'Alarming signals' as airfreight capacity rises and rates fall
If you thought the ocean market was poor, air cargo is faring even worse – ...
Concerns over excess inventories at retailers are misplaced: the real issue is weak demand and low margins – which are cutting into airfreight spend.
“I’m not sure that any retailers are overstocked – they are just balancing supply against anticipated demand, and the rise in interest rates won’t assist in that dynamic,” explained one senior European retail forwarder.
“I think retailers’ inventories are better than they have been – the issue is they aren’t selling what they expected. So the main problem is the turndown in consumer sentiment.
“Retailers are really edgy over ordering too much, so are being very cautious with their buying in most areas, especially in the fashion garment sector.”
Lululemon, an athletic apparel retailer which admits challenges with inventory, said this week that stocks would match demand in the second half.
“Core seasonless product continues to make up approximately 45% of our inventory,” explained CFO Meghan Frank during its Q4 earnings call. “We remain pleased with our inventory levels. In 2023, our inventory growth will continue to moderate while we maintain our full-price selling model.”
She added: “At the end of Q1, on a one-year dollar basis, we expect inventory to increase approximately 30% to 35%, relative to last year. Looking further, we expect inventory growth to be relatively in line with sales growth in the second half of 2023.”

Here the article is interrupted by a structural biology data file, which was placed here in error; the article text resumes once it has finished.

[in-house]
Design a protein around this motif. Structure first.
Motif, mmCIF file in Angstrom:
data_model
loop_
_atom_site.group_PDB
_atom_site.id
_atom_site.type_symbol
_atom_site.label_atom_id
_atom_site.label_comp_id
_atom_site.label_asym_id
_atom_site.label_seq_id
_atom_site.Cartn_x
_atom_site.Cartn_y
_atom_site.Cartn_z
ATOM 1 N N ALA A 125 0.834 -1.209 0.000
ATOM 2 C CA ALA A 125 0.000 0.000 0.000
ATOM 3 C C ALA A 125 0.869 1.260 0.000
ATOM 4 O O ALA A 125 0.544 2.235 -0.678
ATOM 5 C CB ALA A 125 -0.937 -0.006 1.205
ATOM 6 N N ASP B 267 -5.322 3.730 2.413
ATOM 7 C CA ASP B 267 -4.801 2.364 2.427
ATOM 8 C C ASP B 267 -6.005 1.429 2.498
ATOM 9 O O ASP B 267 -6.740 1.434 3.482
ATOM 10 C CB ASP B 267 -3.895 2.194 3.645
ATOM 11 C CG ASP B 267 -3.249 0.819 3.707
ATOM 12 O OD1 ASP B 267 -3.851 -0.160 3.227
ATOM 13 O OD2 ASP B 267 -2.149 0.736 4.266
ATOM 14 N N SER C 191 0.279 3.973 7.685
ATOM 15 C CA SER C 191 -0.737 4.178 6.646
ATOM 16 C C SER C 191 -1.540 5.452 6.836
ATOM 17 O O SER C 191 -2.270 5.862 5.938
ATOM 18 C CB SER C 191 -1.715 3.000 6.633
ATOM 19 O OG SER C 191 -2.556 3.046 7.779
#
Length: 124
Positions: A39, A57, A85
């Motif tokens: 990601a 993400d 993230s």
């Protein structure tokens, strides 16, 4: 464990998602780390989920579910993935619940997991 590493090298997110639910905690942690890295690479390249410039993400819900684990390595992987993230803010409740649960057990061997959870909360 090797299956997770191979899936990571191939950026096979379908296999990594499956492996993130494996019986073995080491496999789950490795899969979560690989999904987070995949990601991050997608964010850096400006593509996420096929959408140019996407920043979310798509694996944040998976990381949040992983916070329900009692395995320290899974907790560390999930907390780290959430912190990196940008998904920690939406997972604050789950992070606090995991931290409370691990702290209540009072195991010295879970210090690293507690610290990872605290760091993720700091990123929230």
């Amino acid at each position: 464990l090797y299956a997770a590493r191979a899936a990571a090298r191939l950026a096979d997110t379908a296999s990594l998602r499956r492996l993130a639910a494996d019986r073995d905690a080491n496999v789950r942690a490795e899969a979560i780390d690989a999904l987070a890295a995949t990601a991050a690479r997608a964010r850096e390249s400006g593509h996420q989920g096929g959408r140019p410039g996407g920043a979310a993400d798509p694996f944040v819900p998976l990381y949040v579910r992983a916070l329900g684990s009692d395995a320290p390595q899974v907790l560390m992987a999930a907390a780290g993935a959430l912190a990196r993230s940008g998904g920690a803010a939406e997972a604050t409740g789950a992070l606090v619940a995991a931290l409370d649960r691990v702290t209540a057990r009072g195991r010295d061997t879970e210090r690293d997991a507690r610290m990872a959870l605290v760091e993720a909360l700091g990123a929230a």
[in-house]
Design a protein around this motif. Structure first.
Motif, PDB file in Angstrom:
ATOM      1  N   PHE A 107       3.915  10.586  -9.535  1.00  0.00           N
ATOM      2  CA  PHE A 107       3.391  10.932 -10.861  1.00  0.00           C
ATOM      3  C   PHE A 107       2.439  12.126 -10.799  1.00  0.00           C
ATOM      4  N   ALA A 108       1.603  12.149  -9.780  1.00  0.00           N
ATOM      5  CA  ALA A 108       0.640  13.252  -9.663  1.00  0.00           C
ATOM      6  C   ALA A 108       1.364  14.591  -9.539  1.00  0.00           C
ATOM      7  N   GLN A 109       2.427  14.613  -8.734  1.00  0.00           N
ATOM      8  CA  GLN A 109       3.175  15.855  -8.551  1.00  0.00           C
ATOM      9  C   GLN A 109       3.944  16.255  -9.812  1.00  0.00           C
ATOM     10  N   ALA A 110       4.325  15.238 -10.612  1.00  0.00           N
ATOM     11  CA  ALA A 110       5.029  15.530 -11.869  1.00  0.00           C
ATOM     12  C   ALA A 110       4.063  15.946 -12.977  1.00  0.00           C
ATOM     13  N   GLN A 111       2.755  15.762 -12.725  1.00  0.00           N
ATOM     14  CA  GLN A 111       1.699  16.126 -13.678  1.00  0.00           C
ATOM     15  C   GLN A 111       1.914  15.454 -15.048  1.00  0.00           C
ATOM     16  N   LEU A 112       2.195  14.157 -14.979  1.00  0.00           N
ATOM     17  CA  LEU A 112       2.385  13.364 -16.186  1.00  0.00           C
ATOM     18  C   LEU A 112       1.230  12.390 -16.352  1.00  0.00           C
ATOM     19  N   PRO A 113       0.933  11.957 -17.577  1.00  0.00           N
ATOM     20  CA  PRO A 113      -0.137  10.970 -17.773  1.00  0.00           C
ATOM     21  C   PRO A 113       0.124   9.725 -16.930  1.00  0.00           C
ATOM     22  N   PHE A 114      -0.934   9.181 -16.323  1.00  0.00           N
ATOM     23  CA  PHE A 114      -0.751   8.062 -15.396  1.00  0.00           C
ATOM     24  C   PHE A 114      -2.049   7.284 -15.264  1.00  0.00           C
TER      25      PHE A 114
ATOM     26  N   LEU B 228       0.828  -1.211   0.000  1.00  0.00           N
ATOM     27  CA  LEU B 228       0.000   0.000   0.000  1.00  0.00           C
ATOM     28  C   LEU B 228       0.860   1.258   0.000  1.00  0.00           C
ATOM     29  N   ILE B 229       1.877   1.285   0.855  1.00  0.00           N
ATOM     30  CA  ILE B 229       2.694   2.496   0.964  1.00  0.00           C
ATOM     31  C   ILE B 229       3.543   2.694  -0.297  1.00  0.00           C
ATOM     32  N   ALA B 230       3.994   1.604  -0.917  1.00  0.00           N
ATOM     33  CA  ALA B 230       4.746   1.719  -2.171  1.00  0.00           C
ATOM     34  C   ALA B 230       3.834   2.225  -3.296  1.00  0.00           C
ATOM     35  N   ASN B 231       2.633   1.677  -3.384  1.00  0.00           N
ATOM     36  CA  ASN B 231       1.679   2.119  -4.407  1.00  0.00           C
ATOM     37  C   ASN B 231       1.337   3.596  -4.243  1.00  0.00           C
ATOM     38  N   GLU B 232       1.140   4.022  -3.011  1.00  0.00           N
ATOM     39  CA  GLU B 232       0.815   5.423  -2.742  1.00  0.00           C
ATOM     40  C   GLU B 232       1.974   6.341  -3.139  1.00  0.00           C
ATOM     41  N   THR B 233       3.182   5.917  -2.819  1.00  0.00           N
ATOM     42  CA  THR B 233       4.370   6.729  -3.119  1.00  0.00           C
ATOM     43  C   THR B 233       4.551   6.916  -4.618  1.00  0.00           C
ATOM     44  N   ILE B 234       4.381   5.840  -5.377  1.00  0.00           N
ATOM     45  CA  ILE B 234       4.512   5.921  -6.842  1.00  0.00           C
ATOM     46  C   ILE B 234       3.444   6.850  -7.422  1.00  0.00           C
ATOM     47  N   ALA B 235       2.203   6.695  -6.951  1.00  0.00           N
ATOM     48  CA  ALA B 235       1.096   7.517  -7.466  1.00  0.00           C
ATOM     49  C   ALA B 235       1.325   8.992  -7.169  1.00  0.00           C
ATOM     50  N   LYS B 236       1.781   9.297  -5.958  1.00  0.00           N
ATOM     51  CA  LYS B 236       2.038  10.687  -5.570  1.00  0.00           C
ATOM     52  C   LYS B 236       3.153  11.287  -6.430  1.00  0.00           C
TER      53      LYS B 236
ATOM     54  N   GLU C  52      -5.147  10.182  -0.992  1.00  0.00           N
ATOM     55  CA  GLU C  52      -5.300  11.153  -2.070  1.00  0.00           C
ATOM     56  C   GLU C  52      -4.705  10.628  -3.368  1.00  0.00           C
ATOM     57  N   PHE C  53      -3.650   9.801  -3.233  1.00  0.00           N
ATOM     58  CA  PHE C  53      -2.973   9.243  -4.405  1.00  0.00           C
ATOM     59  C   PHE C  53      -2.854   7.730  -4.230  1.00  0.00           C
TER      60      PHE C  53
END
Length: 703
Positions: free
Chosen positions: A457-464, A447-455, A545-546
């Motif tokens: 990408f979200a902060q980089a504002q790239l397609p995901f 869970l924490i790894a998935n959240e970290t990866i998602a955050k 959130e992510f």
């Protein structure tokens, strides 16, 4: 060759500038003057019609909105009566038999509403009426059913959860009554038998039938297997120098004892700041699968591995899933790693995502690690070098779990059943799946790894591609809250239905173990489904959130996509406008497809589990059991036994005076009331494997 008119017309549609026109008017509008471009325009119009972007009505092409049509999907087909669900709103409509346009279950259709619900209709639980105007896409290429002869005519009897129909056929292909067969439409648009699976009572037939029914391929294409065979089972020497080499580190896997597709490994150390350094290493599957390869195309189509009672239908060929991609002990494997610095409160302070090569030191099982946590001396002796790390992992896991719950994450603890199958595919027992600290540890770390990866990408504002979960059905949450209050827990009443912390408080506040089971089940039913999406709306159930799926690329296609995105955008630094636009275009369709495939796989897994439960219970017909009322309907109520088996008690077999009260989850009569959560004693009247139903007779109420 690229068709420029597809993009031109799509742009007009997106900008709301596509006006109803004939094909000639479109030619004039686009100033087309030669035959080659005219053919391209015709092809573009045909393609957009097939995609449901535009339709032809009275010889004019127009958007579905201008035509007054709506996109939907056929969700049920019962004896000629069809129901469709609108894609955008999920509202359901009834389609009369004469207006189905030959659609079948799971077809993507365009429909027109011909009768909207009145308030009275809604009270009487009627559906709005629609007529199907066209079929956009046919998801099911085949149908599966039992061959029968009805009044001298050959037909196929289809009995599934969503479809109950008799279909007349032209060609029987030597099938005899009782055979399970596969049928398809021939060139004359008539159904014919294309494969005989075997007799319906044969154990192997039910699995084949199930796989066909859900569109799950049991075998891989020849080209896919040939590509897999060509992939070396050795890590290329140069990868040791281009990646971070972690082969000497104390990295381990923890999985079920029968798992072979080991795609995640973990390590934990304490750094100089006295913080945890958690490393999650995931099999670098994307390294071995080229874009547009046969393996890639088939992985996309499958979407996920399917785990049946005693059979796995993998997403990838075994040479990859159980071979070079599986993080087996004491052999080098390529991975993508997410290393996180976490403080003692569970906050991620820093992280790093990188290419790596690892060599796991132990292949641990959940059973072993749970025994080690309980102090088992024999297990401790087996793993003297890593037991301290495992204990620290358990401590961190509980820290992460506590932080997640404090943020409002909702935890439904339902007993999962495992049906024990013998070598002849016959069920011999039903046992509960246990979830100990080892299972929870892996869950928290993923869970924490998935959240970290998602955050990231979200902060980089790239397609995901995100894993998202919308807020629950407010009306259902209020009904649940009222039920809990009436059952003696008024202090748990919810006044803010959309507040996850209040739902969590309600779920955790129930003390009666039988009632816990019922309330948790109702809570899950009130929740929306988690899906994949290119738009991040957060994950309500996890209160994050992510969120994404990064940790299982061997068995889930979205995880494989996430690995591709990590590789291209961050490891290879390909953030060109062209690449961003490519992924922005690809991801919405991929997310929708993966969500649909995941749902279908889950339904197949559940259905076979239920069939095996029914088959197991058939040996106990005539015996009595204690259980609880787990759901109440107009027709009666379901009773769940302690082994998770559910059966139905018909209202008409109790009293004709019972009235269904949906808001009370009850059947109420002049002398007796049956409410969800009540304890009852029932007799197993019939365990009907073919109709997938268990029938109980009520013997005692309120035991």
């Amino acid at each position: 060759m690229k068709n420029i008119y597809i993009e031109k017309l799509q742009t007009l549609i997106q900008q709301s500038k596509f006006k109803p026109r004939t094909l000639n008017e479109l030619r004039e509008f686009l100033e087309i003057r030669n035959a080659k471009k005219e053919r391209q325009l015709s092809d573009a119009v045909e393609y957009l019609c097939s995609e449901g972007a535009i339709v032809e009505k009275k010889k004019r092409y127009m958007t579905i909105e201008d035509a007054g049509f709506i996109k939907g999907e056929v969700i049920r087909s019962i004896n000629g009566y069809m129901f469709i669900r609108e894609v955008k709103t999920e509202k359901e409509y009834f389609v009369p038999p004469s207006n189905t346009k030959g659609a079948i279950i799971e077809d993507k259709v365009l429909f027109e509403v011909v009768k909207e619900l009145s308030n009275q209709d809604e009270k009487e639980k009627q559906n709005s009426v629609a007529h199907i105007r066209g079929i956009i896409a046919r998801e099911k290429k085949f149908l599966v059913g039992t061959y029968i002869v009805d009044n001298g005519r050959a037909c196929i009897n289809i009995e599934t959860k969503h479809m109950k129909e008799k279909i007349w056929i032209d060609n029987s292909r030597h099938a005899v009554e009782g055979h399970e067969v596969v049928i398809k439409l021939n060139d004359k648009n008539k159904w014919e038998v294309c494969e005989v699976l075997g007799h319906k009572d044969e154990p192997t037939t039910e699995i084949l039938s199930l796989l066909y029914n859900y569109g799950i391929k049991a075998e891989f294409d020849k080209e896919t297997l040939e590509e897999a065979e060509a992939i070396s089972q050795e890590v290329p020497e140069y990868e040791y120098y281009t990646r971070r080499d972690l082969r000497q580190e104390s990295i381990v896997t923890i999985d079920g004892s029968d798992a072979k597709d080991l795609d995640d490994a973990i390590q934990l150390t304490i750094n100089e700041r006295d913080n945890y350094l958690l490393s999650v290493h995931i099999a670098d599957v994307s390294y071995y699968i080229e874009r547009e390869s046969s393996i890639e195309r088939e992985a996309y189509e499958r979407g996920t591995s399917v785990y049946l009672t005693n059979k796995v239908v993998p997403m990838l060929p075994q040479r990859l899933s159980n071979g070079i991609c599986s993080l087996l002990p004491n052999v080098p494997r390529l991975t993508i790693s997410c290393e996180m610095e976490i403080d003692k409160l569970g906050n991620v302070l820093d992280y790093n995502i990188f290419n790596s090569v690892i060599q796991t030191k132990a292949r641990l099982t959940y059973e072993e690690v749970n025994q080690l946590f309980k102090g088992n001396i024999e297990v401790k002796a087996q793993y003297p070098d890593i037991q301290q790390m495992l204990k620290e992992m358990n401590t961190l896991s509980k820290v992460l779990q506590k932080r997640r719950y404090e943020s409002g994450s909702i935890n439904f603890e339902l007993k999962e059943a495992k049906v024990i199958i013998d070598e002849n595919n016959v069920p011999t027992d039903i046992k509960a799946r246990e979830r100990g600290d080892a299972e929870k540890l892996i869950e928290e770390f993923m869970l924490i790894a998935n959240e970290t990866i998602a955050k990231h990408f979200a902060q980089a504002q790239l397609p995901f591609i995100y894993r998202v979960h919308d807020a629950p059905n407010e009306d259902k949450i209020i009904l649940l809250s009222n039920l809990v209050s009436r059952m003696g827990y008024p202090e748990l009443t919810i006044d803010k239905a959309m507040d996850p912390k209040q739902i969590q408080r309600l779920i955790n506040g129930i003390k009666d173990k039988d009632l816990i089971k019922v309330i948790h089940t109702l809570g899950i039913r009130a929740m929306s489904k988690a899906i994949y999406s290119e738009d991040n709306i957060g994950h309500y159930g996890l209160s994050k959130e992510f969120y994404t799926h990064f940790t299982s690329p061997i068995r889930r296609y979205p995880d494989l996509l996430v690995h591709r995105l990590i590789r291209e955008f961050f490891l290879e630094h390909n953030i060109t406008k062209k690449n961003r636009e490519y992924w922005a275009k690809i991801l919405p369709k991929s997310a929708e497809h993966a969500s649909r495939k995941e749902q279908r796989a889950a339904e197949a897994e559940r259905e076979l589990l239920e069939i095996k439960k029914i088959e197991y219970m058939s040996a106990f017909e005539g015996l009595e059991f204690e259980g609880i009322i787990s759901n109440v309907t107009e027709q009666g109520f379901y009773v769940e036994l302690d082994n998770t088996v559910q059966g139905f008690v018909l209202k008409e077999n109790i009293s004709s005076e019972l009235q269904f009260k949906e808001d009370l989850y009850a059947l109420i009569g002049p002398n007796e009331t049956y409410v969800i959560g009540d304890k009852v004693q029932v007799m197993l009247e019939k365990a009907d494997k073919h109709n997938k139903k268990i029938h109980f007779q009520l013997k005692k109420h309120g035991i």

Ms Frank said one issue had been a lack of inclination to discount stock to move inventory, explaining: “A lot of retailers are adverse to discounting like they used to – if they bought stock six months back it will end up in losses.
“Product was bought during times of higher freight rates, forex fluctuations and when raw materials, ingredients, production costs, components, fabric costs were all soaring, so the margin isn’t there.”
Lululemon, which had $1.4bn in inventory at the end of Q4, said it was increasing margins by a lower airfreight spend, which it said would be “down approximately 150 basis points versus 2022”.
Ms Frank added: “In terms of inventory, we’ve been navigating the dynamic supply chain environment, and we did a number of core buys earlier to try and manage our airfreight expense.
“We also saw increased airfreight impacting our cost inventory balances. And then we also saw vendors, shipping later than historically, pivot to shipping more on time. So the team is still navigating and adjusting to that new reality.
“Our goal overall is to manage our inventory in line with our revenue growth, and I believe we’ll be there over time.”
She said markdowns last year were in line with 2019, and hoped 2023 would be similar. She added: “We do have the biggest opportunity in Q4, which will be offset somewhat by Q1 through Q3 markdowns. But that 2019 water line we view as a healthy level for us.”
The biggest issue is money-in-the-pocket of consumers, said Ms Frank.
“Basically, until consumer sentiment increases and people have money to spend, especially on lower-end products, then global trade will remain low and slow. It’s a global issue, at least in developed countries, and this is reflected in retail at the end of the chain.
“I don’t know many retailers, at least that we deal with, which are sitting on huge excess stock. I think the talk of restocking mid-year is a bit of a nonsense, unless disposable income becomes available – which it can’t, and won’t.”
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